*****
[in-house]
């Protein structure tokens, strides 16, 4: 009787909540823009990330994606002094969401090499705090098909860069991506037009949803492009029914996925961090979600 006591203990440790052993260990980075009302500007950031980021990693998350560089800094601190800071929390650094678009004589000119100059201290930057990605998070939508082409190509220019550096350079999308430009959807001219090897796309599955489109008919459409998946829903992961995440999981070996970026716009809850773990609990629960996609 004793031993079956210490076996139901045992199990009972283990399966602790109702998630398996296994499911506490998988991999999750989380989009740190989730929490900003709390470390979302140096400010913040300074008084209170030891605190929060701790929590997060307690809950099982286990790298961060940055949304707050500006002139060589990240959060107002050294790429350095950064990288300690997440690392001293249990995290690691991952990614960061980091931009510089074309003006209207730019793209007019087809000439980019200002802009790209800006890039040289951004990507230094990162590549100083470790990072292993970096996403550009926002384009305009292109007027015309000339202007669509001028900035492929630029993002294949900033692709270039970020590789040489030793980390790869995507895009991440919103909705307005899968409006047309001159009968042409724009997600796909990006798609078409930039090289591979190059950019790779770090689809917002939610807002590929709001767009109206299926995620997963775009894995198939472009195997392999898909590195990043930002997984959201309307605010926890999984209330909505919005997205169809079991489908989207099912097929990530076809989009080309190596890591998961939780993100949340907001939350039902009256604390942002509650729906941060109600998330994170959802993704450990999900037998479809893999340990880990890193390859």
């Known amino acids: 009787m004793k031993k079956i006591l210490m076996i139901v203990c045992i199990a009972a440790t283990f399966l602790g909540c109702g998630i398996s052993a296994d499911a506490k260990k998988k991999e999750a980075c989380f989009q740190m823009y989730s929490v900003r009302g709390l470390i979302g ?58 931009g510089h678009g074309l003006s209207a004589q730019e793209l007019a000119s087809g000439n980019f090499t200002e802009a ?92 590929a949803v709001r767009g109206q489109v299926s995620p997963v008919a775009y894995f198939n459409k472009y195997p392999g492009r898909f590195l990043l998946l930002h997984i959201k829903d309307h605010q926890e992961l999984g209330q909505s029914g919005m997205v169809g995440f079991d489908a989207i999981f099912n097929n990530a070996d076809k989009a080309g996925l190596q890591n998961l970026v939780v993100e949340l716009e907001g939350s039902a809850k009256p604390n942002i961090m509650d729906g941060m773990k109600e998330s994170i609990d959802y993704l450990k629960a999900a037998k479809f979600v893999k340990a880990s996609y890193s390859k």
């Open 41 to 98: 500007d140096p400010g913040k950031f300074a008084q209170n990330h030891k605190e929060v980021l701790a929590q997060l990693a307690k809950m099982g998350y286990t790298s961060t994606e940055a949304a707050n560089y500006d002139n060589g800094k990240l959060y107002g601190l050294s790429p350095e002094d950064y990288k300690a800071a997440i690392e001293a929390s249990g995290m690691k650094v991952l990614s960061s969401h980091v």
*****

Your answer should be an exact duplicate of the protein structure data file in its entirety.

[in-house]
């Protein structure tokens, strides 16, 4: 009787909540823009990330994606002094969401090499705090098909860069991506037009949803492009029914996925961090979600 006591203990440790052993260990980075009302500007950031980021990693998350560089800094601190800071929390650094678009004589000119100059201290930057990605998070939508082409190509220019550096350079999308430009959807001219090897796309599955489109008919459409998946829903992961995440999981070996970026716009809850773990609990629960996609 004793031993079956210490076996139901045992199990009972283990399966602790109702998630398996296994499911506490998988991999999750989380989009740190989730929490900003709390470390979302140096400010913040300074008084209170030891605190929060701790929590997060307690809950099982286990790298961060940055949304707050500006002139060589990240959060107002050294790429350095950064990288300690997440690392001293249990995290690691991952990614960061980091931009510089074309003006209207730019793209007019087809000439980019200002802009790209800006890039040289951004990507230094990162590549100083470790990072292993970096996403550009926002384009305009292109007027015309000339202007669509001028900035492929630029993002294949900033692709270039970020590789040489030793980390790869995507895009991440919103909705307005899968409006047309001159009968042409724009997600796909990006798609078409930039090289591979190059950019790779770090689809917002939610807002590929709001767009109206299926995620997963775009894995198939472009195997392999898909590195990043930002997984959201309307605010926890999984209330909505919005997205169809079991489908989207099912097929990530076809989009080309190596890591998961939780993100949340907001939350039902009256604390942002509650729906941060109600998330994170959802993704450990999900037998479809893999340990880990890193390859």
């Known amino acids: 009787m004793k031993k079956i006591l210490m076996i139901v203990c045992i199990a009972a440790t283990f399966l602790g909540c109702g998630i398996s052993a296994d499911a506490k260990k998988k991999e999750a980075c989380f989009q740190m823009y989730s929490v900003r009302g709390l470390i979302g ?58 931009g510089h678009g074309l003006s209207a004589q730019e793209l007019a000119s087809g000439n980019f090499t200002e802009a ?92 590929a949803v709001r767009g109206q489109v299926s995620p997963v008919a775009y894995f198939n459409k472009y195997p392999g492009r898909f590195l990043l998946l930002h997984i959201k829903d309307h605010q926890e992961l999984g209330q909505s029914g919005m997205v169809g995440f079991d489908a989207i999981f099912n097929n990530a070996d076809k989009a080309g996925l190596q890591n998961l970026v939780v993100e949340l716009e907001g939350s039902a809850k009256p604390n942002i961090m509650d729906g941060m773990k109600e998330s994170i609990d959802y993704l450990k629960a999900a037998k479809f979600v893999k340990a880990s996609y890193s390859k």
């Open 41 to 98: 500007d140096p400010g913040k950031f300074a008084q209170n990330h030891k605190e929060v980021l701790a929590q997060l990693a307690k809950m099982g998350y286990t790298s961060t994606e940055a949304a707050n560089y500006d002139n060589g800094k990240l959060y107002g601190l050294s790429p350095e002094d950064y990288k300690a800071a997440i690392e001293a929390s249990g995290m690691k650094v991952l990614s960061s969401h980091v």